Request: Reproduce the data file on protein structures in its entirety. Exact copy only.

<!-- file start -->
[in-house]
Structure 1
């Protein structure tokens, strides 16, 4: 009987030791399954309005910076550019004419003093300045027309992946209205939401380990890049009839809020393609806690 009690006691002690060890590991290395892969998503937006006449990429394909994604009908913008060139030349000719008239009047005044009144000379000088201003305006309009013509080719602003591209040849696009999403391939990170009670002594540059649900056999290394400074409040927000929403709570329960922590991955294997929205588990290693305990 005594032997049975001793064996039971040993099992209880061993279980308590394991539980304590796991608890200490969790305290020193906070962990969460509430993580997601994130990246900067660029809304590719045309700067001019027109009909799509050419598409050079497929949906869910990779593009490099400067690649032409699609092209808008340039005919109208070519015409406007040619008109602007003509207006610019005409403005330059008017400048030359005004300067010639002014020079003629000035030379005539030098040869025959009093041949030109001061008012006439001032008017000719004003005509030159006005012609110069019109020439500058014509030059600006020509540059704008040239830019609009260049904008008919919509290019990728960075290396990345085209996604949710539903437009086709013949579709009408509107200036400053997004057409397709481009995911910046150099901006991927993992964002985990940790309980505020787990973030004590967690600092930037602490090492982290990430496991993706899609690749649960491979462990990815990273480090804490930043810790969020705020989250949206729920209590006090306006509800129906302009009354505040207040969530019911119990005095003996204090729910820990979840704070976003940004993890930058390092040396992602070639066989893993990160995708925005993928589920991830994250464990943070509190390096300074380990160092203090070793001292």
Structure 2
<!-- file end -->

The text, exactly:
[in-house]
Structure 1
């Protein structure tokens, strides 16, 4: 009987030791399954309005910076550019004419003093300045027309992946209205939401380990890049009839809020393609806690 009690006691002690060890590991290395892969998503937006006449990429394909994604009908913008060139030349000719008239009047005044009144000379000088201003305006309009013509080719602003591209040849696009999403391939990170009670002594540059649900056999290394400074409040927000929403709570329960922590991955294997929205588990290693305990 005594032997049975001793064996039971040993099992209880061993279980308590394991539980304590796991608890200490969790305290020193906070962990969460509430993580997601994130990246900067660029809304590719045309700067001019027109009909799509050419598409050079497929949906869910990779593009490099400067690649032409699609092209808008340039005919109208070519015409406007040619008109602007003509207006610019005409403005330059008017400048030359005004300067010639002014020079003629000035030379005539030098040869025959009093041949030109001061008012006439001032008017000719004003005509030159006005012609110069019109020439500058014509030059600006020509540059704008040239830019609009260049904008008919919509290019990728960075290396990345085209996604949710539903437009086709013949579709009408509107200036400053997004057409397709481009995911910046150099901006991927993992964002985990940790309980505020787990973030004590967690600092930037602490090492982290990430496991993706899609690749649960491979462990990815990273480090804490930043810790969020705020989250949206729920209590006090306006509800129906302009009354505040207040969530019911119990005095003996204090729910820990979840704070976003940004993890930058390092040396992602070639066989893993990160995708925005993928589920991830994250464990943070509190390096300074380990160092203090070793001292």
Structure 2